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New South Side School Budgets Have Lindblom Losing, Charter Schools Gaining

By Andrea V. Watson | July 16, 2015 5:52am | Updated on July 18, 2015 8:34am
 Lindblom Math & Science Academy high school is losing funding next year.
Lindblom Math & Science Academy high school is losing funding next year.
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DNAinfo/Wendell Hutson

ENGLEWOOD — Enrollment is projected to go up this fall at Lindblom Math and Science Academy, but funding will not.

Enrollment at Lindblom, 6130 S. Wolcott Ave., for the last school year was 1,178 and Chicago Public Schools is projecting that 47 more students will enroll next year.

Lindblom is a Level 1-rated school, CPS' highest ranking, and works with students in grades 7-12. The selective-enrollment school is a U.S. News and World Report Gold Medal School and has the largest Mandarin language program in Chicago, according to the CPS website. To offer science, technology, engineering and math courses, its Biotechnology Center of Excellence works with Baxter International and the Office of STEM Education Partnerships at Northwestern University.

The school, attended predominantly by African-American students, has a 81.5 percent college enrollment rate, while the CPS average is 58.1 percent, according to CPS.

By many measures, Lindblom is one of the better schools on the South Side. Still, Lindblom will get $180,000 less in funding this year.

While it's receiving $142,000 in per-pupil funding, Lindblom will have $327,000 cut from "supplemental" funds. Those funds include state and federal monies that are typically tied to low-income at-risk students.

CPS announced this week that while its so-called neighborhood schools will get close to $60 million in cuts across the district, charter schools and other charter-like programs would receive $30 million.

Other Englewood schools include O’Toole, 6550 S. Seeley Ave., which is seeing a $53,028 increase.

Harper High School, 6520 S. Wood, will have fewer students this year, and is seeing a $740,371 decrease in funding. Parker Elementary, 6800 S. Stewart Ave., is also experiencing a drop in enrollment, and $388,740 is getting cut from the budget.

Team High School, 6201 S. Stewart Ave. is losing 68 students and will see a $434,879 decrease in funding. Urban Prep Charter — Englewood, 6201 S. Stewart Ave. — is losing $115,643, while Stagg Elementary, 7424 S. Morgan St., is losing $212,607.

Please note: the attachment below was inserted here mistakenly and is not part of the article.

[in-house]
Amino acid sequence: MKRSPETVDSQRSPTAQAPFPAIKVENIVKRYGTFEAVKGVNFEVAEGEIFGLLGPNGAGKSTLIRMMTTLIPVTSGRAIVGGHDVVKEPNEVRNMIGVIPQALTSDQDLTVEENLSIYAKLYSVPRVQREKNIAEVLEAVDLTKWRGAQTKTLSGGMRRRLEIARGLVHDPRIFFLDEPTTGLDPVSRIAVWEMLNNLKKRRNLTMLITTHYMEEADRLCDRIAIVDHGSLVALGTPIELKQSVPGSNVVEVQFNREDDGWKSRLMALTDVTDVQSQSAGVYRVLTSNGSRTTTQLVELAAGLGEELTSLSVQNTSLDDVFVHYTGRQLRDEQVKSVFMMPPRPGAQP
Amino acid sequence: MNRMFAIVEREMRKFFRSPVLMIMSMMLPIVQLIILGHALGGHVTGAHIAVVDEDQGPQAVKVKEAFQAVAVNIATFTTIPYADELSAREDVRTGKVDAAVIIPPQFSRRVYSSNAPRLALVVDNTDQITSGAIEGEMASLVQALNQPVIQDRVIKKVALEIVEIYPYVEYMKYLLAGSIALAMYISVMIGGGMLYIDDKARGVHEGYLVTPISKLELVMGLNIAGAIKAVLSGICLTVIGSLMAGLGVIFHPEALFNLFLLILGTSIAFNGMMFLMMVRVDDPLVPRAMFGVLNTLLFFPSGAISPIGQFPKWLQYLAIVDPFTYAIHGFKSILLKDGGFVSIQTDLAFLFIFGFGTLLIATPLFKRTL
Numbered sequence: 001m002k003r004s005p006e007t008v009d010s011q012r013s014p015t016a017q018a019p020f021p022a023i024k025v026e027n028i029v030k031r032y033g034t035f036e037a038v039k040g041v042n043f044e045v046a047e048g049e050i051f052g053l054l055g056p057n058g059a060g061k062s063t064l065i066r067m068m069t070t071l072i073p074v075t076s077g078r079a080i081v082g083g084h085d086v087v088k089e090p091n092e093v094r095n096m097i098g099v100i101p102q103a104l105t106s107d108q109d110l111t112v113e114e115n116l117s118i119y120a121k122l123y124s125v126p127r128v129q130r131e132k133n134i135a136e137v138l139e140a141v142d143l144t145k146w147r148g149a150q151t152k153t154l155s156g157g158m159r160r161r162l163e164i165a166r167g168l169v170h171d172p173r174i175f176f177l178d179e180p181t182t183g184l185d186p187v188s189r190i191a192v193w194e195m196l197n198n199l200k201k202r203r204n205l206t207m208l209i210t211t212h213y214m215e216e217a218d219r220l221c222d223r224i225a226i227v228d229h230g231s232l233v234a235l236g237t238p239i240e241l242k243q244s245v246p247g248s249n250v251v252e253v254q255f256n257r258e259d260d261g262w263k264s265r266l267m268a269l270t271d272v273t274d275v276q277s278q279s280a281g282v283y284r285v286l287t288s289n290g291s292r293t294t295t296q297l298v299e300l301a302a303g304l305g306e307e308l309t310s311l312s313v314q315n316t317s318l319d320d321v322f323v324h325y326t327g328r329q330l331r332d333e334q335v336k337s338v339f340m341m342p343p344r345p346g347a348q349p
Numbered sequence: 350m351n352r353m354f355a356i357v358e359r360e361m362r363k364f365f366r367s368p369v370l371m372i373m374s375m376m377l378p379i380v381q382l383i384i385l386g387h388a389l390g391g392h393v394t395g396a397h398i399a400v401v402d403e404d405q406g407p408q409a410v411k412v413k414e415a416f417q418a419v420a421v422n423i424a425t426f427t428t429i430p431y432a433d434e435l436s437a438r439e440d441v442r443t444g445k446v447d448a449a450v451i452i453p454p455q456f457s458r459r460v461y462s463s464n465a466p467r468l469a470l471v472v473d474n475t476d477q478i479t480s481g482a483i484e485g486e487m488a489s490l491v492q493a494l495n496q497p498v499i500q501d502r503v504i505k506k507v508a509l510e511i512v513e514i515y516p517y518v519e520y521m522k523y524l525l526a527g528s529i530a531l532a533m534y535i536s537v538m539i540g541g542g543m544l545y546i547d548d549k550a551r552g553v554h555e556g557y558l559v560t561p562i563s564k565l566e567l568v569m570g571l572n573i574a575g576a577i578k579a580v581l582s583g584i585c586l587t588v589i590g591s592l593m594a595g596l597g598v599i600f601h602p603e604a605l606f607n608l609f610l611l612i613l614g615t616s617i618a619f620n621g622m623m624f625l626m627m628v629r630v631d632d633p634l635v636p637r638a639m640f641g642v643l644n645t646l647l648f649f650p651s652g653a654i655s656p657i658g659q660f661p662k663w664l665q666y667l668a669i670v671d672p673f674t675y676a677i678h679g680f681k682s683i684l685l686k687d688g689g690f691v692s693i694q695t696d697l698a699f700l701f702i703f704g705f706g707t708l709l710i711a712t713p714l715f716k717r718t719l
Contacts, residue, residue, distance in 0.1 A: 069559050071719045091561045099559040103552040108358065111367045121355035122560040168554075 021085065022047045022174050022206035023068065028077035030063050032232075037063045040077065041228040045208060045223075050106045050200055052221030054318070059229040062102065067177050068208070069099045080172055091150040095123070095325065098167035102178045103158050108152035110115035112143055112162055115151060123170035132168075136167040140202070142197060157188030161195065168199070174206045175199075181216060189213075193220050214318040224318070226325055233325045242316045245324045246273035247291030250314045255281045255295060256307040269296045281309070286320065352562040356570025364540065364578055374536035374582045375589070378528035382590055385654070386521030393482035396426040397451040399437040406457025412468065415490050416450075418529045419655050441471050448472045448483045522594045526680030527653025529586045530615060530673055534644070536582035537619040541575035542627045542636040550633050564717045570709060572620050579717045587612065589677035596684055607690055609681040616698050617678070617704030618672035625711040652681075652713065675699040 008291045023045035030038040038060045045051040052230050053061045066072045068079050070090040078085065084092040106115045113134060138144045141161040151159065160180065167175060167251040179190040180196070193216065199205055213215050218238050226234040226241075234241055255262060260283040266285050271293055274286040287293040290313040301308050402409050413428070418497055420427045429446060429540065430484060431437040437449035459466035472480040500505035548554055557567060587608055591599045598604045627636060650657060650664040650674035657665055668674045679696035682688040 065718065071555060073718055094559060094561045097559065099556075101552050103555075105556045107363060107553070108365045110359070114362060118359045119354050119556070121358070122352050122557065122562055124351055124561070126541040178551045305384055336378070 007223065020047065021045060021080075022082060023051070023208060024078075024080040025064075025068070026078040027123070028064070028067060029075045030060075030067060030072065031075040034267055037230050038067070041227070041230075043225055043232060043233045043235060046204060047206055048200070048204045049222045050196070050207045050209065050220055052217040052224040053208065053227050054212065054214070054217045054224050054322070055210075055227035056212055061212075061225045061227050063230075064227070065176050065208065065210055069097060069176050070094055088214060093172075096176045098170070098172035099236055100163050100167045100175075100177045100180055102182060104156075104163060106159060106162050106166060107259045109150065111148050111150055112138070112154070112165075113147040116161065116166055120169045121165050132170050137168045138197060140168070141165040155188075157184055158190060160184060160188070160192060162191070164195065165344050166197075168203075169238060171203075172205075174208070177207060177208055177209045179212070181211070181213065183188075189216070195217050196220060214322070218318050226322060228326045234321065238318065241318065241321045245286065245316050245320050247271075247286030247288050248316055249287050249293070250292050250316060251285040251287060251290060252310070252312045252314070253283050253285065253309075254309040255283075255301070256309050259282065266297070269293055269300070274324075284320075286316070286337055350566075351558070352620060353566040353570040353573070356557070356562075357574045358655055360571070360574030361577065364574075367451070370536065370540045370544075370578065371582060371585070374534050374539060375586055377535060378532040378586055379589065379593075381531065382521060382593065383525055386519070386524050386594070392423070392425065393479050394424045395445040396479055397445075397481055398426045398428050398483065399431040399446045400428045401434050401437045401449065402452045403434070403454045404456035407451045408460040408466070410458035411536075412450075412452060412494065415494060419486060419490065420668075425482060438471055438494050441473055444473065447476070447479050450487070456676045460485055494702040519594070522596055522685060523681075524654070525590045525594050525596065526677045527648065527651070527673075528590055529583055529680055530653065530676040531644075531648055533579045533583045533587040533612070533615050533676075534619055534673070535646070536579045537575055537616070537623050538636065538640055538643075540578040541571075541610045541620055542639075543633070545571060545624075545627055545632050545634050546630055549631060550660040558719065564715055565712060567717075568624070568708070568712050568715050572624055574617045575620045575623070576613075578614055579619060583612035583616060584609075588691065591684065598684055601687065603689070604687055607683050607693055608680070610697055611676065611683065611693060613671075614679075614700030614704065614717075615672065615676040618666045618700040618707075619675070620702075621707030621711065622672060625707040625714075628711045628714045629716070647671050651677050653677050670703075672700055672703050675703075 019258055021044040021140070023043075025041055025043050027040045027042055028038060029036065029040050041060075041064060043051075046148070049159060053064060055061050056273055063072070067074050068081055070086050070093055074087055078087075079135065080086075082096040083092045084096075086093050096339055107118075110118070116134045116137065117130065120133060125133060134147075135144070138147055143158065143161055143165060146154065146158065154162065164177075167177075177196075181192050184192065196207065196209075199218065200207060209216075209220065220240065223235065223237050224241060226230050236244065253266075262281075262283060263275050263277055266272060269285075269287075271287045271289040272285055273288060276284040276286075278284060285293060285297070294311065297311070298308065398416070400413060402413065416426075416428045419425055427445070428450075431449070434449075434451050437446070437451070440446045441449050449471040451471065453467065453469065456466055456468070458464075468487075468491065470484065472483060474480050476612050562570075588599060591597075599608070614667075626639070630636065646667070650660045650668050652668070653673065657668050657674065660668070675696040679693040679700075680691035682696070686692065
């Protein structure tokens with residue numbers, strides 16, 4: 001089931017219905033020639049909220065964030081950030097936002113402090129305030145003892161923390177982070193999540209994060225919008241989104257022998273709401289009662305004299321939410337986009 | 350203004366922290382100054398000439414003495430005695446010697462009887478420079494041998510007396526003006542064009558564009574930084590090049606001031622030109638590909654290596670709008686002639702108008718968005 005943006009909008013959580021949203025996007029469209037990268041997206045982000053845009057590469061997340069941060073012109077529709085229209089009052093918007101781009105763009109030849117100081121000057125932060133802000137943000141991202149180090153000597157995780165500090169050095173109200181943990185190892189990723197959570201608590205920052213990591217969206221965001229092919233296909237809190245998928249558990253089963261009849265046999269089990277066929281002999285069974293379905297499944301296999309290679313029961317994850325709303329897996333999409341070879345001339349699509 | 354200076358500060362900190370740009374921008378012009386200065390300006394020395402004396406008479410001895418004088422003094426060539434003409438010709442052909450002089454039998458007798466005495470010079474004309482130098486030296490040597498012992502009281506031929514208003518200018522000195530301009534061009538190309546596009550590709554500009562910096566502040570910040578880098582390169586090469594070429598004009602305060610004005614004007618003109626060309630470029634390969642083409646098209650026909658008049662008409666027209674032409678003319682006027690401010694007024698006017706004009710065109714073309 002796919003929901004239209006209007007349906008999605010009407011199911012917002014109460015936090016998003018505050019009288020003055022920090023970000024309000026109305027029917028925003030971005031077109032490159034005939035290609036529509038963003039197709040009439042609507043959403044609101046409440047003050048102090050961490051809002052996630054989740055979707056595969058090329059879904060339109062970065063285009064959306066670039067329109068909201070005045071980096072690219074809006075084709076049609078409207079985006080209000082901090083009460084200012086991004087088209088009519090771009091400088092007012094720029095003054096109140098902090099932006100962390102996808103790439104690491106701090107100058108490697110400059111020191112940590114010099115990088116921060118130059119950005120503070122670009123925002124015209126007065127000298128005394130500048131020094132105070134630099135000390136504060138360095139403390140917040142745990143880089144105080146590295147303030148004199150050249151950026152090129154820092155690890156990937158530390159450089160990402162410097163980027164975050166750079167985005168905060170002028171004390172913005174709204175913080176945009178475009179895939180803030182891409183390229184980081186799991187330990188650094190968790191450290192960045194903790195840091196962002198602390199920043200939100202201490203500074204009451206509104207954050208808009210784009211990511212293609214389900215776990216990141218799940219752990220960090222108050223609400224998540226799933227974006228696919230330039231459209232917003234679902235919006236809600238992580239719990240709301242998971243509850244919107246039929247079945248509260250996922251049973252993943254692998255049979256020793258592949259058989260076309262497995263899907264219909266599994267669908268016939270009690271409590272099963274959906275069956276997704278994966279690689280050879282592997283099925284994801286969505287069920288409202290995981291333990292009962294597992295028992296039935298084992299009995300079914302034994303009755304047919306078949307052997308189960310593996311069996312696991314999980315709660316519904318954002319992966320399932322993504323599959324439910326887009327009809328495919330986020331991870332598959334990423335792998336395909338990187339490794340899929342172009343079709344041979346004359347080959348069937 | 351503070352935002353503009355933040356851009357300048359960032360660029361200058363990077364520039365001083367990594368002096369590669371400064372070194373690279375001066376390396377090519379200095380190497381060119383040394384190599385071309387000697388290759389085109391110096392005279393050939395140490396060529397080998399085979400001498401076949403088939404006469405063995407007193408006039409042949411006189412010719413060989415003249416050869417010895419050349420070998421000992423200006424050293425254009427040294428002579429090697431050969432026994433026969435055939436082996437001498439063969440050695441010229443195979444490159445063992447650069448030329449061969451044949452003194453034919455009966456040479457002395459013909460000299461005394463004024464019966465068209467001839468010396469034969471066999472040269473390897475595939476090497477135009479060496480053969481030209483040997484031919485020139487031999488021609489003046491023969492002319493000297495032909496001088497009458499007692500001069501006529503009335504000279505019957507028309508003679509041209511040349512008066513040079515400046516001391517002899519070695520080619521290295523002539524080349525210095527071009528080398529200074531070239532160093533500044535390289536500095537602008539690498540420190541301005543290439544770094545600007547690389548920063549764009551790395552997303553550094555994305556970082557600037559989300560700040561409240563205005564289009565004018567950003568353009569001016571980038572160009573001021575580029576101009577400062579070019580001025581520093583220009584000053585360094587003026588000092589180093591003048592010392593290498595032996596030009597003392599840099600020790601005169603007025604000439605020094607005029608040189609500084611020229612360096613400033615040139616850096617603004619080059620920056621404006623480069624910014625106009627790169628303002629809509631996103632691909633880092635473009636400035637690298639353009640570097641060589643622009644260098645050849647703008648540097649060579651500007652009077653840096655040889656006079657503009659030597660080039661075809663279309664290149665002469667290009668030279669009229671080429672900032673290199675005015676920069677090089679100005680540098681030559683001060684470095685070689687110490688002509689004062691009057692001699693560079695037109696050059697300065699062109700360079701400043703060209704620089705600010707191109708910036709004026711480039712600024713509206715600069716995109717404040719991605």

Magic Johnson Academy, at 845 W. 69th St., is seeing a $123,991 cut.

In Auburn Gresham, schools like Oglesby, 7646 S. Green St., are enrolling more students this year, yet getting less money. About $3,600 is being cut from the budget.

YCCS Charter Youth Development at 7836 S. Union, on the other hand, is receiving more money. With 49 new students enrolling, the charter is receiving an additional $523,755.

Barton, 7650 S. Wolcott Ave. is losing 51 students, and receiving $535,195 less in funding. Cuffe, 8324 S. Racine Ave., is losing $41,167.

In Chatham, Ashe Elementary, 8505 S. Ingleside Ave., is losing $140,799.

In Grand Crossing, Hirsch high school, 7740 S. Ingleside, is receiving a $257,301 budget cut.

CPS Chief Financial Officer Ginger Ostro said there would be an increase in funding for 238 schools, totaling $68.5 million. While those schools gain, 416 schools would experience cuts, about $99.5 million.

"Money follows the students," Ostro said, adding that projected CPS enrollment for the coming school year is 372,275, down about 1 percent from last year.

Neighborhood schools are expected to enroll about 4,000 fewer students this year, according to the district, while charter schools will see an increase of about 3,000 new students. Student-based budgeting, at the most basic level, will stay at $4,390 per student for fourth through eighth grades. It will be $4,697 for students in kindergarten through third grade, and $5,444 per high school student.

“No one would argue that these are the budgets that we would like to be presenting, but they reflect the reality of where we are today; a budget deficit of more than $1 billion; the demands of a broken pension system; and a state education funding that is near last in the country,” said interim CPS CEO Jesse Ruiz.

“We will continue to work with our partners in Springfield on a comprehensive solution, but in the meantime we have to prepare for the upcoming school year. We have tried to limit the impact on our classrooms, but we sympathize with teachers, parents and principals whose schools will be seeing fewer resources than last year.”

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